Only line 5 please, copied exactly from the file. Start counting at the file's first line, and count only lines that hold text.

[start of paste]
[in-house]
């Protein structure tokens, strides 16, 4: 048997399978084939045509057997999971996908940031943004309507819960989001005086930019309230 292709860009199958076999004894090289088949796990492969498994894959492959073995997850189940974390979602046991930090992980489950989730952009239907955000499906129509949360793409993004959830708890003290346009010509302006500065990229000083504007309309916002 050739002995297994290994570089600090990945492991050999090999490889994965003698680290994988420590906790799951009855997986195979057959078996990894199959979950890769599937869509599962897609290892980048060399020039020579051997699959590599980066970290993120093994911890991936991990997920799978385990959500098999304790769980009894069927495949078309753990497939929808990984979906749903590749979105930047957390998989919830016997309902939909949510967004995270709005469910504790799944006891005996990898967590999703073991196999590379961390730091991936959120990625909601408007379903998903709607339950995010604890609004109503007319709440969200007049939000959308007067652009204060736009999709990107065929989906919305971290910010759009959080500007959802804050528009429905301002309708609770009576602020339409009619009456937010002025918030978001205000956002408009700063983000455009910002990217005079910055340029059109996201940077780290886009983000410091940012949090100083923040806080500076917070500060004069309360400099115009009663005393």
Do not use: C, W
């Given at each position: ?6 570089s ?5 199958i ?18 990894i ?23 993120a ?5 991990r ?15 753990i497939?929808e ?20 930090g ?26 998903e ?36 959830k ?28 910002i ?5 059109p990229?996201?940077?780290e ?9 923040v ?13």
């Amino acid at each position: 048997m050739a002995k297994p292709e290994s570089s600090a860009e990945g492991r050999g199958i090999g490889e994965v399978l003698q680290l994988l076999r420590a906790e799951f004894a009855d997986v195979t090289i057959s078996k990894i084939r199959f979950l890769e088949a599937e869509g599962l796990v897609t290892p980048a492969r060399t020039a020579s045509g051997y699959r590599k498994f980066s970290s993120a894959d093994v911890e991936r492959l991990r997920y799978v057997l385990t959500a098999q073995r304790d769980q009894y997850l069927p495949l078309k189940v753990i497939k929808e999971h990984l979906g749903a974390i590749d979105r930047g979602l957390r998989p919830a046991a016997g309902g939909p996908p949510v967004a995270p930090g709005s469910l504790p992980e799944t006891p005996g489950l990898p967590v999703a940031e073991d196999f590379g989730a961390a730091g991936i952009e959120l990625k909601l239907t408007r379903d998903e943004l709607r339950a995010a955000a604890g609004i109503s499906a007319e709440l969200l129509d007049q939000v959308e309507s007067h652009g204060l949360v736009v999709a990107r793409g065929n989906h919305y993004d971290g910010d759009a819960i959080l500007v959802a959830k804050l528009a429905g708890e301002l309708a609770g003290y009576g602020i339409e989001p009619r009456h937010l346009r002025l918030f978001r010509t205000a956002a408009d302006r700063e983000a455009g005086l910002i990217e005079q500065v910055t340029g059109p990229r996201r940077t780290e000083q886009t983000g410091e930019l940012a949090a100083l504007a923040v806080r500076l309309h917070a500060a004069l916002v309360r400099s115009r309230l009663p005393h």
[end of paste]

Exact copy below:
């Amino acid at each position: 048997m050739a002995k297994p292709e290994s570089s600090a860009e990945g492991r050999g199958i090999g490889e994965v399978l003698q680290l994988l076999r420590a906790e799951f004894a009855d997986v195979t090289i057959s078996k990894i084939r199959f979950l890769e088949a599937e869509g599962l796990v897609t290892p980048a492969r060399t020039a020579s045509g051997y699959r590599k498994f980066s970290s993120a894959d093994v911890e991936r492959l991990r997920y799978v057997l385990t959500a098999q073995r304790d769980q009894y997850l069927p495949l078309k189940v753990i497939k929808e999971h990984l979906g749903a974390i590749d979105r930047g979602l957390r998989p919830a046991a016997g309902g939909p996908p949510v967004a995270p930090g709005s469910l504790p992980e799944t006891p005996g489950l990898p967590v999703a940031e073991d196999f590379g989730a961390a730091g991936i952009e959120l990625k909601l239907t408007r379903d998903e943004l709607r339950a995010a955000a604890g609004i109503s499906a007319e709440l969200l129509d007049q939000v959308e309507s007067h652009g204060l949360v736009v999709a990107r793409g065929n989906h919305y993004d971290g910010d759009a819960i959080l500007v959802a959830k804050l528009a429905g708890e301002l309708a609770g003290y009576g602020i339409e989001p009619r009456h937010l346009r002025l918030f978001r010509t205000a956002a408009d302006r700063e983000a455009g005086l910002i990217e005079q500065v910055t340029g059109p990229r996201r940077t780290e000083q886009t983000g410091e930019l940012a949090a100083l504007a923040v806080r500076l309309h917070a500060a004069l916002v309360r400099s115009r309230l009663p005393h």